A former senior officer in the Army has alleged that the Gujarat government was slow in making arrangements to help security personnel quell the riots in the state in 2002, reported IANS. In his upcoming memoir, Lieutenant General (retired) Zameer Uddin Shah, who led the Army operations during the 2002 riots, said he had provided the then Chief Minister Narendra Modi a list of requirements that would help the Army restore law and order.

The meeting had taken place in Ahmedabad in the presence of the then Defence Minister George Fernandes on the intervening night of February 28, 2002 and March 1, 2002. The state government had sought the Army’s deployment on February 28.

However, when the 3,000 troops landed at the Ahmedabad airfield on the morning of March 1, they had to wait for a day before the administration provided them transport. During this period, rampaging mobs allegedly killed hundreds of people.

“These were crucial hours lost,” Shah has written in The Sarkari Mussalman. Shah retired as the deputy chief of Army staff in 2008.

“The crucial period was the night of February 28 and March 1. This is when the maximum damage was done,” Shah said. “I met the chief minister at 2 am on 1st morning. The troops sat on the airfield all through March 1 and we got the transport only on March 2. By then the mayhem had already been done.”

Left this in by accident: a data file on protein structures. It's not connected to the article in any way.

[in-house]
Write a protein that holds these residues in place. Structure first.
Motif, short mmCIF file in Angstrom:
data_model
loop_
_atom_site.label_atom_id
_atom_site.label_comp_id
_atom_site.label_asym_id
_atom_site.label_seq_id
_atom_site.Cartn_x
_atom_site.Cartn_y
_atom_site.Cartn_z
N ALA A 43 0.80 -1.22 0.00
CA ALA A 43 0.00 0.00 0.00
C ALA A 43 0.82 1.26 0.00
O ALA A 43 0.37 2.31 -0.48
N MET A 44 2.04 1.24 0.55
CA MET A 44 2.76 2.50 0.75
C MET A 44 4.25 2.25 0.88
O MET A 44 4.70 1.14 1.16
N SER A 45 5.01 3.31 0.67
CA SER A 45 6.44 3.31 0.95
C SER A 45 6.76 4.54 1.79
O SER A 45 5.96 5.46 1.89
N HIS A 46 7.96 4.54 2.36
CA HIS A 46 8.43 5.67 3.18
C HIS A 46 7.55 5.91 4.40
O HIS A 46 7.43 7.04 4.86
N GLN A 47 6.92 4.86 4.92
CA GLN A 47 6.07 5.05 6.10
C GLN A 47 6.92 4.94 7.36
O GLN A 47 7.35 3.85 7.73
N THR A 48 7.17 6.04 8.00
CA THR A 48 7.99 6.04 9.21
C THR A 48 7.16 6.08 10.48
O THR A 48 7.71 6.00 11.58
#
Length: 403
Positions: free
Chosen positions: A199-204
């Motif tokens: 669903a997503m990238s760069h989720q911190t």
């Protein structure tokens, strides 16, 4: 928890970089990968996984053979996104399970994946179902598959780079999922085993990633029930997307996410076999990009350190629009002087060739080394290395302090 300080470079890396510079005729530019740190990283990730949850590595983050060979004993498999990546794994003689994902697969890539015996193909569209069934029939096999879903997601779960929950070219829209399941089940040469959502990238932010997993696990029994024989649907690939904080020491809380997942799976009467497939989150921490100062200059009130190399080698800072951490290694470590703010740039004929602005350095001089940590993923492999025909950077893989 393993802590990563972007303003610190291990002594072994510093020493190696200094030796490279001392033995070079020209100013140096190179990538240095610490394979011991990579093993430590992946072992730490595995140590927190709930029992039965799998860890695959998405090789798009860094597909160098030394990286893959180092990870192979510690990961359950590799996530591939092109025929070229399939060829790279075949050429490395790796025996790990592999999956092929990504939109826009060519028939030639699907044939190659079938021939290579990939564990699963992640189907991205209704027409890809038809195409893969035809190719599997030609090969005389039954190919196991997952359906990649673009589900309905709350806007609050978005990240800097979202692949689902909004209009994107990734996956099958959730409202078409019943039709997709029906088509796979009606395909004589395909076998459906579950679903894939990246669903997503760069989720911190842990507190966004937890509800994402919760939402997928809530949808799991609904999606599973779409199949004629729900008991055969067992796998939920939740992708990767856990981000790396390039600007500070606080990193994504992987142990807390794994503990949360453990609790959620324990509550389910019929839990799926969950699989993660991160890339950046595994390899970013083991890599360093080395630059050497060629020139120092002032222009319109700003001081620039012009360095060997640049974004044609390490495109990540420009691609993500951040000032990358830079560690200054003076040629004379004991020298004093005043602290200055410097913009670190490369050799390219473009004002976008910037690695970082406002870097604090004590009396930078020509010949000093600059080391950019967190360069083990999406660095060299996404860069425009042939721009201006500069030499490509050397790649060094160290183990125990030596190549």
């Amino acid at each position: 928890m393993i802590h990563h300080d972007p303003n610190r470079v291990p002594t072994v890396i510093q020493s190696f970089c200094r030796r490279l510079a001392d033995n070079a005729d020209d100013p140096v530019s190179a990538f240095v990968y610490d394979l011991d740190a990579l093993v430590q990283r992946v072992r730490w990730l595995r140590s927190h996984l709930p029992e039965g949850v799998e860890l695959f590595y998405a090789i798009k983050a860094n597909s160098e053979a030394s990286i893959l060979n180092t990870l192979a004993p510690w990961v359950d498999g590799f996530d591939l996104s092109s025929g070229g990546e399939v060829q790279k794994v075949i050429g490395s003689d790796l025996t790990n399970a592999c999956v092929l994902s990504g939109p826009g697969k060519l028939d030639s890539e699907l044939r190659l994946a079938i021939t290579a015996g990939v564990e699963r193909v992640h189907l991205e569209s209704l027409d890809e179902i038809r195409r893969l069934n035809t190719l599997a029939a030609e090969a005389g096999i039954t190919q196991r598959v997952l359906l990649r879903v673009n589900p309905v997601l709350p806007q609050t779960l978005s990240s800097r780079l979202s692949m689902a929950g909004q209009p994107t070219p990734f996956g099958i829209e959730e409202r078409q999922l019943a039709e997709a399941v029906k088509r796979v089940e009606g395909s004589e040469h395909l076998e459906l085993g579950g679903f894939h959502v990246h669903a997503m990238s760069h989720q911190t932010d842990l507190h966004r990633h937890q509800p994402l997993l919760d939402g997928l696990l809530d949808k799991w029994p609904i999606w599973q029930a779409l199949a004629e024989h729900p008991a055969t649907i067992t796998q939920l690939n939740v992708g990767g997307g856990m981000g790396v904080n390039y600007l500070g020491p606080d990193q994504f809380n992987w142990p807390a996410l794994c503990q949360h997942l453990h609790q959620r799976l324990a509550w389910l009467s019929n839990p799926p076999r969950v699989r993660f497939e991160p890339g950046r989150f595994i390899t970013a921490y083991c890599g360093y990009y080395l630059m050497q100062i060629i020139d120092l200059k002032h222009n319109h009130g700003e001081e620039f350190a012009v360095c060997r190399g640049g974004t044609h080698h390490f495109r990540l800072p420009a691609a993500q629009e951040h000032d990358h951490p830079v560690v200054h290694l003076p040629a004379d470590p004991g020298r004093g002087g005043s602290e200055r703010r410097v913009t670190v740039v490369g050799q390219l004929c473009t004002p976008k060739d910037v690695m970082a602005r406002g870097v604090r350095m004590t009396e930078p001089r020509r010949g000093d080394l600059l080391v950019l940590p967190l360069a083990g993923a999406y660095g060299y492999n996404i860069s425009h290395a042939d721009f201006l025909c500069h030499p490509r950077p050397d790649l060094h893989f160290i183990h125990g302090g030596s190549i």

Shah said that there would have been lesser damage and violence if the Army had been given full freedom. “Most certainly the damage would have been much, much less had we got the vehicles at the right time. What the police couldn’t do in six days we did in 48 hours despite being six times smaller in size than them,” he said.

Shah described the police as “dumb bystanders” who did nothing to stop the mobs from “setting fire on streets and houses”. He claimed that they took no action to prevent the mayhem.

Shah alleged that the police refused the Army’s orders to impose curfew in minority areas. “So the minorities were always surrounded by the mobs. It was a totally parochial and biased handling,” he said.

Close to 1,000 people were killed in communal riots across Gujarat after a coach of the Sabarmati Express was set on fire at the Godhra station on February 27, 2002. At least 59 people, most of them pilgrims returning from Ayodhya, died in the arson.